Flaccus had originally shown him considerable favour. When he became less cordial Isidorus took umbrage and organized a gathering of his touts, who brought baseless slanders against Flaccus here represented as behaving with moderation and good sense. A meeting to which the respectable part of the people were summoned brought the whole city together full of indignation against the slanderers and sympathy with the governor. Isidorus was completely exposed and had to flee from the city (135–145). He must have reappeared and, surprising as it seems, must, if Philo’s account is true, have persuaded Flaccus that he was a friend on whose advice he could rely. What charges he and Lampo brought against Flaccus we are not told, but a trial was held in which Flaccus was condemned, his property confiscated and himself sentenced to deportation (146–150).
From this point the story proceeds straightforwardly to the end. We are given an account of his journey to Andros and his miserable plight after his arrival, interspersed with speeches and soliloquies in which he laments his fall and acknowledges that his punishment is just. Whether this last represents his feeling may be doubted. We have not and probably Philo had not any means of judging. The end came when Gaius, who is said to have come to the conclusion that the life of the deported was too mild a punishment for him, determined to have him executed. The treatise closes with a description of the way in which this was carried out, followed by the assertion that the fate of Flaccus shows that God still watches over the Jews (151–191).
The Flaccus has considerable literary merits. The narrative, particularly in the last forty sections, is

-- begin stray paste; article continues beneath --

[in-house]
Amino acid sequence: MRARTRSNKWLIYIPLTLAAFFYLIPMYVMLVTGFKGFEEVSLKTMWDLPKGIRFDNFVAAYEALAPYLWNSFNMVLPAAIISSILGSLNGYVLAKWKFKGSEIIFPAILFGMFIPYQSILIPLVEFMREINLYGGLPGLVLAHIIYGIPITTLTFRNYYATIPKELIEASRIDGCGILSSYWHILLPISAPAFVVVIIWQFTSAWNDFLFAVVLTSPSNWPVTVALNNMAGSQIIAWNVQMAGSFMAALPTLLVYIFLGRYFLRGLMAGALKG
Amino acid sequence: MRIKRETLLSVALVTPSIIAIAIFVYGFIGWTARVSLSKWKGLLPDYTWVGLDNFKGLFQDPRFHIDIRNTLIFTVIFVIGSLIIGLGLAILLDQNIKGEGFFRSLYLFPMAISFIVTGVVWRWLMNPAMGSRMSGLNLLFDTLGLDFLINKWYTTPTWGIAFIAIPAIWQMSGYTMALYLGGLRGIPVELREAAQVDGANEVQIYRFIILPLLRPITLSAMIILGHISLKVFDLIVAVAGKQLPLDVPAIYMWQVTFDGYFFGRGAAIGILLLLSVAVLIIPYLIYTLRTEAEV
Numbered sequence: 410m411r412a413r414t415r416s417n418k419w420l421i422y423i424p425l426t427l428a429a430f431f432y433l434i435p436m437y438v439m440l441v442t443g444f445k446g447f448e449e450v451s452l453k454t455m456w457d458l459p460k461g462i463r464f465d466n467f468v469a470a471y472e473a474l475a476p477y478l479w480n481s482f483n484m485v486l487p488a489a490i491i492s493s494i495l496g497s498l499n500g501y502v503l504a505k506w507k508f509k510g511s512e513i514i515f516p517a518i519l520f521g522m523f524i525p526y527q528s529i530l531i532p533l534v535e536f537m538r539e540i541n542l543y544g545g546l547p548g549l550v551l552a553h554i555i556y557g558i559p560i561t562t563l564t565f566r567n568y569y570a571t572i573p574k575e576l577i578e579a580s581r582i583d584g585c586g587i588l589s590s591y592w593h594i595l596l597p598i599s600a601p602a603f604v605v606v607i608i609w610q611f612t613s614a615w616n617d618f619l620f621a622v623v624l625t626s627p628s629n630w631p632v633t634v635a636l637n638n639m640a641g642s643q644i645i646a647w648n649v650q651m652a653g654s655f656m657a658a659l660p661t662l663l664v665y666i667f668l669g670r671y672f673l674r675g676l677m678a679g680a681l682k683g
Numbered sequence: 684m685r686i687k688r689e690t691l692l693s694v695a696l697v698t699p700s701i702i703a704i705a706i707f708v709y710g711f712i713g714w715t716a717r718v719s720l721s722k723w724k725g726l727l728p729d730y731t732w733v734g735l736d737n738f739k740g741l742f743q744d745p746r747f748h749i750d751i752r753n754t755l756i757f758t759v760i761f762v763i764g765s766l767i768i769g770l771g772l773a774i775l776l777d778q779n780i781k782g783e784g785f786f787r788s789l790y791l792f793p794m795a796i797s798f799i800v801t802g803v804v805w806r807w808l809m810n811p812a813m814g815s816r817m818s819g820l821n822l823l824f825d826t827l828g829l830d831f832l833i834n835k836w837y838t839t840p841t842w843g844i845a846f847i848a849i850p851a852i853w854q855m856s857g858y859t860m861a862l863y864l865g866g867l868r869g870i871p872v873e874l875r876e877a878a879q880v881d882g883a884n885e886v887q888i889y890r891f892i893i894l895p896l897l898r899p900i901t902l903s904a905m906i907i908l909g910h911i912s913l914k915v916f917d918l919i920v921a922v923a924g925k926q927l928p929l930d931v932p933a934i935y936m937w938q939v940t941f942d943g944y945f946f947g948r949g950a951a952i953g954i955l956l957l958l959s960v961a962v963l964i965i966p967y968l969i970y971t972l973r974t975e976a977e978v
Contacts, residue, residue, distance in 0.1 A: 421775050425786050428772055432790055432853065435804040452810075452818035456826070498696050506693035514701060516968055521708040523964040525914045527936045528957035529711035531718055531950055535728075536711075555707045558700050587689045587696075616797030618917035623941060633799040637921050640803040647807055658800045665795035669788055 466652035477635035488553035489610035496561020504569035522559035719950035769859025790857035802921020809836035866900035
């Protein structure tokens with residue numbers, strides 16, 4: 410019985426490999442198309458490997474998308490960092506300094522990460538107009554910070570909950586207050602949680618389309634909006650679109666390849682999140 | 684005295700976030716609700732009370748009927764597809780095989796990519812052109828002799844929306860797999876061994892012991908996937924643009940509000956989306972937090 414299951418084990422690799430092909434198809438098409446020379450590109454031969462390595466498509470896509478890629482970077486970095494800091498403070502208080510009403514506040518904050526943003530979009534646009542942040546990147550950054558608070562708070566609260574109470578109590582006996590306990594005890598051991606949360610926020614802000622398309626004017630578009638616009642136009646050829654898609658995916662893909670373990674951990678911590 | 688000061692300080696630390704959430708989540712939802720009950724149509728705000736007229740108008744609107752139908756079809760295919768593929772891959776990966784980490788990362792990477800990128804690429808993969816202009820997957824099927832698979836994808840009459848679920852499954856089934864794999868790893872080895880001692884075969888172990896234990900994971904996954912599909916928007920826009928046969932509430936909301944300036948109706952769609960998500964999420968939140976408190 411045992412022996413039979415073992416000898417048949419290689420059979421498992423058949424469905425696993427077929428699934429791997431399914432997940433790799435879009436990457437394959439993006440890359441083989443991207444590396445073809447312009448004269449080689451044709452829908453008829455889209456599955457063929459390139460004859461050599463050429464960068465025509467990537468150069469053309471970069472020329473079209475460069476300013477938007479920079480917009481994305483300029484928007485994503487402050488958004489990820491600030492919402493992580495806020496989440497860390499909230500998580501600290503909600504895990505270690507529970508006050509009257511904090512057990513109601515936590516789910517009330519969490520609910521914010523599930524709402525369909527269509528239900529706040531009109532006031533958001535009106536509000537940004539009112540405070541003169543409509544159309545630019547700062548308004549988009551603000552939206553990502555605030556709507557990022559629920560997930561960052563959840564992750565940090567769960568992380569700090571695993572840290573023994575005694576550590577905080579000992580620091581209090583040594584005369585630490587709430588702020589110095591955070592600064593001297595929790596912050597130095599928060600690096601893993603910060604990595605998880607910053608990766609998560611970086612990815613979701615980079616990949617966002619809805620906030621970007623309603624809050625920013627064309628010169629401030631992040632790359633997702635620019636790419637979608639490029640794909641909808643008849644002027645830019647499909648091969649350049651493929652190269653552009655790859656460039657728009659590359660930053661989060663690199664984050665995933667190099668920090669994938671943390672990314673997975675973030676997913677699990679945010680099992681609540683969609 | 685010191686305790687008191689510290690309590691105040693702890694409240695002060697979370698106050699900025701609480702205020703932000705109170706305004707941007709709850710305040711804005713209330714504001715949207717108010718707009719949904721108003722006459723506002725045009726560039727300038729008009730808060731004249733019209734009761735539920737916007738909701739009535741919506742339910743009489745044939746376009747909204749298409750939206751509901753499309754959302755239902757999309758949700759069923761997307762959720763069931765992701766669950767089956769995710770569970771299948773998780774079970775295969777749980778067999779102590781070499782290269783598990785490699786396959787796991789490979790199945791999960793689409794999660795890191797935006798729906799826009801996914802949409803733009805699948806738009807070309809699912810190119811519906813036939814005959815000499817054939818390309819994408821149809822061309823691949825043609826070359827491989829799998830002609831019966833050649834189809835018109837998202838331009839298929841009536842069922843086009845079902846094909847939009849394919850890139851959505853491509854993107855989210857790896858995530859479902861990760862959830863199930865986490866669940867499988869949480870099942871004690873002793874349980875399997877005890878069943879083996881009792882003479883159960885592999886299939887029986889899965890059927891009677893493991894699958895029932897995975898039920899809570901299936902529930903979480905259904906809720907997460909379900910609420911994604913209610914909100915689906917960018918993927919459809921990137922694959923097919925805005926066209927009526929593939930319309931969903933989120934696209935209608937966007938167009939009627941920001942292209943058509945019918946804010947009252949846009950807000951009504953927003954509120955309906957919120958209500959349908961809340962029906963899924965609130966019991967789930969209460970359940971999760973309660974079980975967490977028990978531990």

exceedingly vivid. It is also, no doubt, historically valuable in so far as it gives a substantially true account of events of which we know very little from other sources. How far it is good history, in the sense of giving a reliable account of the motives and feelings of the actors in the story, I leave to those more competent than myself to assess. Also it is a powerful embodiment of that profound conviction that the nation is under the special Providence of God which has been the life and soul of Judaism throughout the centuries. This conviction naturally entails a belief that the enemies of Judaism are the enemies of God and their punishment a divine visitation. But this belief has its evil side, which seems to me to be very strongly exhibited in this treatise. In §117 the Jews are represented as saying “We do not rejoice at the punishment of an enemy because we have been taught by the Holy Laws to have human sympathy.” This is easily said but not so easily done, and if Philo believed that he himself had learnt this lesson I think he deceived himself. He gloats over the misery of Flaccus in his fall, exile, and death, with a vindictiveness which I feel to be repulsive.a While, as I have said in the preface, none of the treatises in this volume have any great value nor would probably have survived but for the high esteem given to his main work, this is the only one which those who admire the beauty and spirituality so often shown both in the Commentary and Exposition might well wish to have been left unwritten.